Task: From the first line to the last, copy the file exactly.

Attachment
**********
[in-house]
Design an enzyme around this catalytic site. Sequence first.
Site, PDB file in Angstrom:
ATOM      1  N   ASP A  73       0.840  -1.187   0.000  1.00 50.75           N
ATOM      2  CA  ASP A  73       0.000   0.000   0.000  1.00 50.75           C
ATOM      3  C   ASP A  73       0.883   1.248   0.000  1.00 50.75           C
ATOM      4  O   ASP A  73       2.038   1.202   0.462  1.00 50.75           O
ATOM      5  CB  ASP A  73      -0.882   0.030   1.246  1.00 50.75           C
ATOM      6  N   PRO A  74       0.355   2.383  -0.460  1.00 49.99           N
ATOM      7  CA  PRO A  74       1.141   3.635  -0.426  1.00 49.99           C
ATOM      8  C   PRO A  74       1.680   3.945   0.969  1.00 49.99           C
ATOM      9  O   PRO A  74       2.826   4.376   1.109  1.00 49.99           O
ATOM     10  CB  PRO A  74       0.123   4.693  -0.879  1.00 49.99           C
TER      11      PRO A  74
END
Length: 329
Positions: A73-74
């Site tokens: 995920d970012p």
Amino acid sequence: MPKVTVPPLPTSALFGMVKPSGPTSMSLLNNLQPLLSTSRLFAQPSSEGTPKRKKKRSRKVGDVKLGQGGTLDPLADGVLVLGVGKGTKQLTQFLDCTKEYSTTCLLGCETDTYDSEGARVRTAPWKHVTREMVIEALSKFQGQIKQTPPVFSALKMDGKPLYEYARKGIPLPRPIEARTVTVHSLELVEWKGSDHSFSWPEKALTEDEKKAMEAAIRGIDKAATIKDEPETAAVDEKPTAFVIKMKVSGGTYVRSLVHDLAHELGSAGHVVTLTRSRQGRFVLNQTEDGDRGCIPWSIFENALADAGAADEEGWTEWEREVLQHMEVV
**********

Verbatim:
[in-house]
Design an enzyme around this catalytic site. Sequence first.
Site, PDB file in Angstrom:
ATOM      1  N   ASP A  73       0.840  -1.187   0.000  1.00 50.75           N
ATOM      2  CA  ASP A  73       0.000   0.000   0.000  1.00 50.75           C
ATOM      3  C   ASP A  73       0.883   1.248   0.000  1.00 50.75           C
ATOM      4  O   ASP A  73       2.038   1.202   0.462  1.00 50.75           O
ATOM      5  CB  ASP A  73      -0.882   0.030   1.246  1.00 50.75           C
ATOM      6  N   PRO A  74       0.355   2.383  -0.460  1.00 49.99           N
ATOM      7  CA  PRO A  74       1.141   3.635  -0.426  1.00 49.99           C
ATOM      8  C   PRO A  74       1.680   3.945   0.969  1.00 49.99           C
ATOM      9  O   PRO A  74       2.826   4.376   1.109  1.00 49.99           O
ATOM     10  CB  PRO A  74       0.123   4.693  -0.879  1.00 49.99           C
TER      11      PRO A  74
END
Length: 329
Positions: A73-74
């Site tokens: 995920d970012p």
Amino acid sequence: MPKVTVPPLPTSALFGMVKPSGPTSMSLLNNLQPLLSTSRLFAQPSSEGTPKRKKKRSRKVGDVKLGQGGTLDPLADGVLVLGVGKGTKQLTQFLDCTKEYSTTCLLGCETDTYDSEGARVRTAPWKHVTREMVIEALSKFQGQIKQTPPVFSALKMDGKPLYEYARKGIPLPRPIEARTVTVHSLELVEWKGSDHSFSWPEKALTEDEKKAMEAAIRGIDKAATIKDEPETAAVDEKPTAFVIKMKVSGGTYVRSLVHDLAHELGSAGHVVTLTRSRQGRFVLNQTEDGDRGCIPWSIFENALADAGAADEEGWTEWEREVLQHMEVV